Directed by Craig Boreham
98 mins, Australia, 2016
Within a few minutes of this mostly forgettable, Australian film’s opening scene, shown in this post’s featured image, I had already predicted the first “twist,” and most of the other ones, too: Well, here comes an accident and probably a death.
I was exactly right. Determinism isn’t hard to detect.
Except for that opening scene — the film’s only genuine observation and angst-free interaction — in which two buddies watch lesbian porn together and come close to using that as a bridge to doing other things, too — although they’re interrupted by Dad — what unfolds next is hours of boring self-recrimination and weightless guilt (or at least what felt like hours).
Here’s a selection of what happens: a sexually repressed dude kisses his best friend after a shower scene and then his friend punches him (they never talk about it until a longed-for(?) rape eventually solves everything, as it does); a brief swerve into Sid-and-Nancy-style heroin addiction, easily shrugged off somehow and represented by a ridiculous minute-long montage; an attempted suicide by backyard-pool drowning, thwarted by the best friend for whom it was performed; and on and on and on.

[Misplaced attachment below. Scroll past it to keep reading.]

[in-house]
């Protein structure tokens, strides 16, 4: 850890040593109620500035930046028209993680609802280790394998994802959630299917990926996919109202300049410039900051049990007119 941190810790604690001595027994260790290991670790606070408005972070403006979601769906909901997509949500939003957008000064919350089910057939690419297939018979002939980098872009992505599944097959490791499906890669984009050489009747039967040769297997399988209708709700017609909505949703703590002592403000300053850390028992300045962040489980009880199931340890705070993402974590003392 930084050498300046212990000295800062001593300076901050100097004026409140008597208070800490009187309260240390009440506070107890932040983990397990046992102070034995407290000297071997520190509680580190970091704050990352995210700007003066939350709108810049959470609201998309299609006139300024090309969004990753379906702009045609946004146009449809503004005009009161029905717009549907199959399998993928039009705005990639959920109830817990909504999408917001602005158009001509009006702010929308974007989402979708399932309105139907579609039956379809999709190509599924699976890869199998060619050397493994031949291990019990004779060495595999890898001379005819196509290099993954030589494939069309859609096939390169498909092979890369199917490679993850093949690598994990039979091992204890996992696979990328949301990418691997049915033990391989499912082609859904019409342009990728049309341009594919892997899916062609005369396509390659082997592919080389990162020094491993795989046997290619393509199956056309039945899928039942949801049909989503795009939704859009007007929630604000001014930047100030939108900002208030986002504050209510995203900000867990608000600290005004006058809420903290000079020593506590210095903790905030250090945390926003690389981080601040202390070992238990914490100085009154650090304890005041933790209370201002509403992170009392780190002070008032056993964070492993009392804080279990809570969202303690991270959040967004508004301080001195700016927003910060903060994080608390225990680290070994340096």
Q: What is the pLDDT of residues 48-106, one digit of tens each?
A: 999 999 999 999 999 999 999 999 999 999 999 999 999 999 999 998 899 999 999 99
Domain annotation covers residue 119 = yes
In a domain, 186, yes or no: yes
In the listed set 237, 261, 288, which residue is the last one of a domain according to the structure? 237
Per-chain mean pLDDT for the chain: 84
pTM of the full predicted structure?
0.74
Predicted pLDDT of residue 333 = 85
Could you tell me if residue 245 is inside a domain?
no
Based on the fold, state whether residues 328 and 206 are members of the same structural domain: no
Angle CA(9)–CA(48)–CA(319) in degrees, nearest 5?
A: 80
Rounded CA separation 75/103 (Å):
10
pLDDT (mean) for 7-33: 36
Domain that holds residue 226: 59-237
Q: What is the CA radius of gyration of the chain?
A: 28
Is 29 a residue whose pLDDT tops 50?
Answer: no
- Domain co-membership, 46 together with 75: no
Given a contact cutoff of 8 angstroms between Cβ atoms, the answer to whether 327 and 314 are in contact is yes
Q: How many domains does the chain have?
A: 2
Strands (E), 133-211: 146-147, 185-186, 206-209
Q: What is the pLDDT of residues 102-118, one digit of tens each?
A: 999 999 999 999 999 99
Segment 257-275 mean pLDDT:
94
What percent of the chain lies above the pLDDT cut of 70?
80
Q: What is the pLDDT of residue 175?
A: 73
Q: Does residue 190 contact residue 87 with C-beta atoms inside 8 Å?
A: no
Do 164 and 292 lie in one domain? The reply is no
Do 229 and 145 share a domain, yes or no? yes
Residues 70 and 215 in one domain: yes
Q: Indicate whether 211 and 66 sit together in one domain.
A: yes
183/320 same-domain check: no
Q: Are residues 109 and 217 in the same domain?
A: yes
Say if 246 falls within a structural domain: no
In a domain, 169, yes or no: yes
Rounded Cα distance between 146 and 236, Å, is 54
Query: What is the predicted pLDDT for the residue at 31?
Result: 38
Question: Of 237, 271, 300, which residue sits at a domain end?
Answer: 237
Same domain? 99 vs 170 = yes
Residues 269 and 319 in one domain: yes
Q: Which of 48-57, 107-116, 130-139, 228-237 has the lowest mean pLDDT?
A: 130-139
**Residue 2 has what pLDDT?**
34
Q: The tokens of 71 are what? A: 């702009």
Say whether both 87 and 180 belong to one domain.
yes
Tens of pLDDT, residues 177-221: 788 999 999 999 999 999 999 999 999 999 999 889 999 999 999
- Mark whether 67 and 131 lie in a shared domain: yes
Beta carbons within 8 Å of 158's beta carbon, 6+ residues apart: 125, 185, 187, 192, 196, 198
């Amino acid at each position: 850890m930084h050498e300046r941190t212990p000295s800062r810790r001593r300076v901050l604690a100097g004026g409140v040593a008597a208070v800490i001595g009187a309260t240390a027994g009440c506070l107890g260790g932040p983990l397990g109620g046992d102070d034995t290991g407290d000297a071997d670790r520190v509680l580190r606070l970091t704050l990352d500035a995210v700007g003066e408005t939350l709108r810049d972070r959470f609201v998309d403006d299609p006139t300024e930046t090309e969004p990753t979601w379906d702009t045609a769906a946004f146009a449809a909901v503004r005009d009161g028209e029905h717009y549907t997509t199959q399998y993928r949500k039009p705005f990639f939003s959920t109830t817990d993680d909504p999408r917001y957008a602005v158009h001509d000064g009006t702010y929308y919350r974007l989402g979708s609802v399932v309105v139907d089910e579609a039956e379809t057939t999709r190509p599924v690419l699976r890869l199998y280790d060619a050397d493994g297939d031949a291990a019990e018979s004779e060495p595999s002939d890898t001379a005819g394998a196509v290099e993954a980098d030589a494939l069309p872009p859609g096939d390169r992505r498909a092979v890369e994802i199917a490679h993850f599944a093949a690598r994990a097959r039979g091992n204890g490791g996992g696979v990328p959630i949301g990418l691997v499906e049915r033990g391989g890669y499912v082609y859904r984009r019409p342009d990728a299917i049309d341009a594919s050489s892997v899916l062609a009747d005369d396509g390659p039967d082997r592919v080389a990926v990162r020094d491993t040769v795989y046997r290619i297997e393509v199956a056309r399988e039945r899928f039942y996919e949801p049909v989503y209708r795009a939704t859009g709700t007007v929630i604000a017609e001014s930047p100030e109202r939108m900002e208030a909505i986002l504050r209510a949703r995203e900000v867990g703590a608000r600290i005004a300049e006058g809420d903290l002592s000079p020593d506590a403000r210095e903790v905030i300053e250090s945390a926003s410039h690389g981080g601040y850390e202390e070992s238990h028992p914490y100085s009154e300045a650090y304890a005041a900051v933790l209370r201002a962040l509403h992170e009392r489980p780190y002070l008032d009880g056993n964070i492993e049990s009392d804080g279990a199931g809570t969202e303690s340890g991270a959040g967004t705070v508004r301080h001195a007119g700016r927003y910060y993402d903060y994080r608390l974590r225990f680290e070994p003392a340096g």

But there was one surprise that my tired and cynical soul could not have predicted — that our hero, the sexually confused, self-pitying cipher, would end up paying his rapist for the privilege. The rapist takes the money from his victim’s hand and leaves, something that the two friends were supposed to do together, you know, before the rape. Why they were so hyped to leave, we never find out and the film has no interest in telling us, either. I mean, it looked OK to me. Nice pool, the beach, plentiful beer, surfin’ buds, and all.
That’s what love will do to you, I guess, when you don’t know who the fuck you are or what you’re doing. (I’m talking about the filmmakers, not the characters. We can’t blame them.)
Teenage Kicks represents a new low for confused, self-hating, homosexual cinema.
As you can see, the film can seduce us with its seductive framings.